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      Domestic violence through the window of the COVID-19 lockdown: a public crisis embodied/exposed in the private/domestic sphere



            COVID-19 has been recognized globally as a public health crisis, which has directly led to the deaths of more than 40,000 people in the UK (World Health Organization, 2020). The lockdown measures in the public sphere have created a window into the existing violence in the domestic sphere, as increasing incidents and reports have propelled what is more often thought of as private violence into the public gaze. The COVID-19 lockdown in the UK has made visible a collapse of the public and private sphere, blurring the boundaries between the two. As work and childcare have moved within the home, the structural inequalities of austerity have been exposed and the widening gender, class and racial cracks of society are illuminated in lockdown. Our paper draws upon an intersectional cultural and materialist analysis to explore how the cultural and economic bricks of the public and private sphere have been layered through the tools of i) representation and marginalization in the public sphere; ii) the division of labor through the devaluing of care-giving and precarious work; and iii) the location of public and private legal issues. Through this critical intersectional analysis, we explore how the material construction of the public and private sphere is being dismantled in the long-term everyday crisis interventions of domestic violence support groups, Refuge, Women's Aid and Southall Black Sisters, and in relation to the authors' local interventions with CLOCK.


            Author and article information

            Journal of Global Faultlines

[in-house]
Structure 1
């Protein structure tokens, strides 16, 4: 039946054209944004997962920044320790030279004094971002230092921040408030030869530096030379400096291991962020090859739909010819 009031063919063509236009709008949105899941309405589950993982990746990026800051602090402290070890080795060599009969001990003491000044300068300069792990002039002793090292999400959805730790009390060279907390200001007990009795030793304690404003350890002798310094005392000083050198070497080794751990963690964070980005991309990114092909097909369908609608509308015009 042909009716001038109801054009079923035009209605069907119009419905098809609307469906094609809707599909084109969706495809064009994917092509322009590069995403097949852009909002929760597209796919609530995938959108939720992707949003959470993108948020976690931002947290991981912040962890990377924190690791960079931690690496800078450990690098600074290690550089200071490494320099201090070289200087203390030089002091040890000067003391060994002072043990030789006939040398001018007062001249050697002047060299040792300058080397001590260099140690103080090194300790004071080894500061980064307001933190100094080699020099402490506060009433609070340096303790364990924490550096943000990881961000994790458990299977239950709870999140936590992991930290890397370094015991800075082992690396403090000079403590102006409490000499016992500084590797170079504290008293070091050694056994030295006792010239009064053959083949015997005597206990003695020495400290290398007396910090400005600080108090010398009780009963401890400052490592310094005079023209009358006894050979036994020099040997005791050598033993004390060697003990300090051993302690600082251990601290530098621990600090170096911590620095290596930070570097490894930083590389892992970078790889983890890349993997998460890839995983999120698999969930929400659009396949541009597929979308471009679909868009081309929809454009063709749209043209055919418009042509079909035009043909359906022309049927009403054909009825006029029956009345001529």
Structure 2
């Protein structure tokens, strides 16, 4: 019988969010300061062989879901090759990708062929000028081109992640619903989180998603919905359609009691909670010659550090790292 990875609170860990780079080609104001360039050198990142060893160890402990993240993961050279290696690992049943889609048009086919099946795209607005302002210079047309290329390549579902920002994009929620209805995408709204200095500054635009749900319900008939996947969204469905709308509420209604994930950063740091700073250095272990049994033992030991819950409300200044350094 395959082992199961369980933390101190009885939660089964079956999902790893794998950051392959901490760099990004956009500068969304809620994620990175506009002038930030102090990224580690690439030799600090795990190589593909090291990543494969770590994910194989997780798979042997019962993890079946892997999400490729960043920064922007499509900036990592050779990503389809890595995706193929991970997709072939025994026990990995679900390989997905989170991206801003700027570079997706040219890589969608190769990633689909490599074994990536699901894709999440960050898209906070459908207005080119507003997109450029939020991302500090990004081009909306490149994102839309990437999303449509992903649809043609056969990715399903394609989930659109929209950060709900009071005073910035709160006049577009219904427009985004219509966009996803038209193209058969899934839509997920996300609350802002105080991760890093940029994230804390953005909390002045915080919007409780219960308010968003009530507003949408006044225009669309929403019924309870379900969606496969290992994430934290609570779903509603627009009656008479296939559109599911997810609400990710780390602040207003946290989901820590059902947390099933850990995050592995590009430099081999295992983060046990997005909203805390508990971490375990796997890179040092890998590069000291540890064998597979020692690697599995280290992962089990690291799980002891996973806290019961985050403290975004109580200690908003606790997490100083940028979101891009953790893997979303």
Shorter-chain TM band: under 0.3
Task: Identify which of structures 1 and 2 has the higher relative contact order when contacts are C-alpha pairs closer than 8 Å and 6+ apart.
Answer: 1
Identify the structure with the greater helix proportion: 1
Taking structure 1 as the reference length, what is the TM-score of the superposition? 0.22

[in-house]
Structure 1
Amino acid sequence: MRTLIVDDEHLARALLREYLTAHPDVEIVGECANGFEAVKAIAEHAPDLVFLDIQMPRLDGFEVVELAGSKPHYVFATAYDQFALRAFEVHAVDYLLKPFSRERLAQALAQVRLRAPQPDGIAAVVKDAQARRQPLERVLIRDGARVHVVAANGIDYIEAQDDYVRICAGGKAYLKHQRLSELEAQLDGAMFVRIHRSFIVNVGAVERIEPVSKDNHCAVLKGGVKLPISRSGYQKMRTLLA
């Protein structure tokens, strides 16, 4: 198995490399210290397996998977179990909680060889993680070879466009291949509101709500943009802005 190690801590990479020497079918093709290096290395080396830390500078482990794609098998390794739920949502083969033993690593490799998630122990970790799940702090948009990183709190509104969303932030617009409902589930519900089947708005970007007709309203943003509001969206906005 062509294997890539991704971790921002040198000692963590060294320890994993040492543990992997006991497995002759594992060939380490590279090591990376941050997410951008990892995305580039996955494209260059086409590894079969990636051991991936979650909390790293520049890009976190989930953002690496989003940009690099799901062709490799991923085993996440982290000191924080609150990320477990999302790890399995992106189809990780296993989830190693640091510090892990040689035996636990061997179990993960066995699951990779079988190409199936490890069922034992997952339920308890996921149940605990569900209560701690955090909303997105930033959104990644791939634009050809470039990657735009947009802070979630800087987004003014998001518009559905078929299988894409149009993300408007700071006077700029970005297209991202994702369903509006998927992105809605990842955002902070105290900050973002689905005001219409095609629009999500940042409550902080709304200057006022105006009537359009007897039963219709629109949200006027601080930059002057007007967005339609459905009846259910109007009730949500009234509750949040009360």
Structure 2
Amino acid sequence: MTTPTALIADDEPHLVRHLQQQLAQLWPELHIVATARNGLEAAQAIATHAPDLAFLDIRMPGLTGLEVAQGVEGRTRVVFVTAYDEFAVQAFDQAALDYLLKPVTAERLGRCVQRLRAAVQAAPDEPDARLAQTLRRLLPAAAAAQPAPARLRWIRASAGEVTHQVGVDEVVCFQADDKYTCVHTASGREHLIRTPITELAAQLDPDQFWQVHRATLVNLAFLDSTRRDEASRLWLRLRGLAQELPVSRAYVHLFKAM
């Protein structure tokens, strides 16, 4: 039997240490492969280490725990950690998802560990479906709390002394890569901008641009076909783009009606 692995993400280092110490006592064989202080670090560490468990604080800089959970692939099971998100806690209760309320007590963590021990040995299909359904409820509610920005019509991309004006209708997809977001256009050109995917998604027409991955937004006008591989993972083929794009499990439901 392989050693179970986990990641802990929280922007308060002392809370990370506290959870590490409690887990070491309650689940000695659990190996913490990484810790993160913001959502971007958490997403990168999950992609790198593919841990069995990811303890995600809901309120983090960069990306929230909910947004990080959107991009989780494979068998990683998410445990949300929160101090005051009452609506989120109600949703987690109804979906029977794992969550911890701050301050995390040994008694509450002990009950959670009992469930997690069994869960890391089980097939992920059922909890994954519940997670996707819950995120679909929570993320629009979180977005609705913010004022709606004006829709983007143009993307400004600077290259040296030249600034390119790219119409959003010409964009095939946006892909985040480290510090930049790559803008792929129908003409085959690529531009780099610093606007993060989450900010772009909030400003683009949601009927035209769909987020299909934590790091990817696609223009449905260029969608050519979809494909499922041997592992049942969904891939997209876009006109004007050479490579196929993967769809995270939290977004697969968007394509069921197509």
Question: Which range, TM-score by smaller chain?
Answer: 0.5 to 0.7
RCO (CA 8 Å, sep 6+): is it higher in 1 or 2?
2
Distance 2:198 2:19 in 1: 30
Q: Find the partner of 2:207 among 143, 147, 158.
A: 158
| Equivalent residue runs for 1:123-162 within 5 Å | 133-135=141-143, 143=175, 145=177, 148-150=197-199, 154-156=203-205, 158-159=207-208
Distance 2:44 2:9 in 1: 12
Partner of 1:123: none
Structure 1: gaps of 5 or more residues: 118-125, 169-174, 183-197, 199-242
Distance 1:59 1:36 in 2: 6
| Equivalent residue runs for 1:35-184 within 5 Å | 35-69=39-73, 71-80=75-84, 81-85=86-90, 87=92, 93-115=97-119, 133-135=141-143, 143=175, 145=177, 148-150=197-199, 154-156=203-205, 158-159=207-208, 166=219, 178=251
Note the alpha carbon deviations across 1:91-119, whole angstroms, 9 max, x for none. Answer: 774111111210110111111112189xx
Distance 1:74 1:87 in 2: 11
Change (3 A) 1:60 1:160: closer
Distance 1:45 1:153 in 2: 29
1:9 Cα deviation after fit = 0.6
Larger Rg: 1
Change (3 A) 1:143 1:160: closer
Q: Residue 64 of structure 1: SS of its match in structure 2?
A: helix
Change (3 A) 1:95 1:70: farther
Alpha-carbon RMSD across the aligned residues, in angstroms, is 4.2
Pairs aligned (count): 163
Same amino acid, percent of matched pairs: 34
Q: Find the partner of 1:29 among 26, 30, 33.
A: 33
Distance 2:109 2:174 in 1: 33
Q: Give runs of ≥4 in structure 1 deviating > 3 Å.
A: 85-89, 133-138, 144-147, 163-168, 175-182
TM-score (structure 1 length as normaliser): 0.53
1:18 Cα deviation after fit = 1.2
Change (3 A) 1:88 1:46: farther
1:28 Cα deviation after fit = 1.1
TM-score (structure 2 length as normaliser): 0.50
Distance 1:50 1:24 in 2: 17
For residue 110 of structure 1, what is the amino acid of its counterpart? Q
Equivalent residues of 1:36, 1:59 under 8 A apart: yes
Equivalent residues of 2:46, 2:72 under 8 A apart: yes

Pluto Journals
            1 June 2020
            : 7
            : 1 ( doiID: 10.13169/jglobfaul.7.issue-1 )
            : 46-58
            Dr Jane Krishnadas is a Senior Lecturer in Law at Keele University and the Convenor of the Community Legal Outreach Collaboration Keele, clock.uk.net, which is an innovative application of her “Transformative Methodology” (2008) to create an intersectional and collaborative mechanism of the public, private and third sector for access to justice.
            Sophia Hayat Taha is a British-Lebanese ESRC funded NWSSDTP PhD candidate at Keele University. Her PhD uses an interdisciplinary approach combining Law and International Relations to allow for a different understanding of how the state interacts with migrant women, moving away from a Eurocentric interpretation of law. Orcid ID is: https://orcid.org/0000-0003-0177-1862
            This work is licensed under a Creative Commons Attribution-NonCommercial-NoDerivs 3.0 Unported License.

            All content is freely available without charge to users or their institutions. Users are allowed to read, download, copy, distribute, print, search, or link to the full texts of the articles in this journal without asking prior permission of the publisher or the author. Articles published in the journal are distributed under a http://creativecommons.org/licenses/by/4.0/.

            Custom metadata

            Social & Behavioral Sciences
            marginalization in the public sphere,domestic violence in the UK,COVID-19


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